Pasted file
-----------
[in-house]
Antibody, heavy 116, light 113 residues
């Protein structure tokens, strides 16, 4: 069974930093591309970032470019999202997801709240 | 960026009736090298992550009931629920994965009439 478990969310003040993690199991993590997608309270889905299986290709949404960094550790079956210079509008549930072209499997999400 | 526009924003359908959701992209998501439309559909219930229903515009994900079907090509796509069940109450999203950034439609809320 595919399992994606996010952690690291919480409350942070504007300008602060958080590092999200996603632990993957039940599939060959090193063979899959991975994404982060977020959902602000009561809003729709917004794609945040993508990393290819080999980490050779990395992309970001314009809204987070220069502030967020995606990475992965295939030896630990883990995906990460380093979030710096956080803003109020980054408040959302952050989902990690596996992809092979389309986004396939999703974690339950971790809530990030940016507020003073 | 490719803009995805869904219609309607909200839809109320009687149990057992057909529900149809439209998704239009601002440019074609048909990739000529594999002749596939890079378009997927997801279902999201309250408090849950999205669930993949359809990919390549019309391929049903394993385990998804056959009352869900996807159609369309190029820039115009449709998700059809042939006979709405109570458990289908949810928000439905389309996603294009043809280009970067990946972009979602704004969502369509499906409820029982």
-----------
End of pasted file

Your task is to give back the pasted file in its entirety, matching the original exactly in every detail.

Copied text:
[in-house]
Antibody, heavy 116, light 113 residues
């Protein structure tokens, strides 16, 4: 069974930093591309970032470019999202997801709240 | 960026009736090298992550009931629920994965009439 478990969310003040993690199991993590997608309270889905299986290709949404960094550790079956210079509008549930072209499997999400 | 526009924003359908959701992209998501439309559909219930229903515009994900079907090509796509069940109450999203950034439609809320 595919399992994606996010952690690291919480409350942070504007300008602060958080590092999200996603632990993957039940599939060959090193063979899959991975994404982060977020959902602000009561809003729709917004794609945040993508990393290819080999980490050779990395992309970001314009809204987070220069502030967020995606990475992965295939030896630990883990995906990460380093979030710096956080803003109020980054408040959302952050989902990690596996992809092979389309986004396939999703974690339950971790809530990030940016507020003073 | 490719803009995805869904219609309607909200839809109320009687149990057992057909529900149809439209998704239009601002440019074609048909990739000529594999002749596939890079378009997927997801279902999201309250408090849950999205669930993949359809990919390549019309391929049903394993385990998804056959009352869900996807159609369309190029820039115009449709998700059809042939006979709405109570458990289908949810928000439905389309996603294009043809280009970067990946972009979602704004969502369509499906409820029982």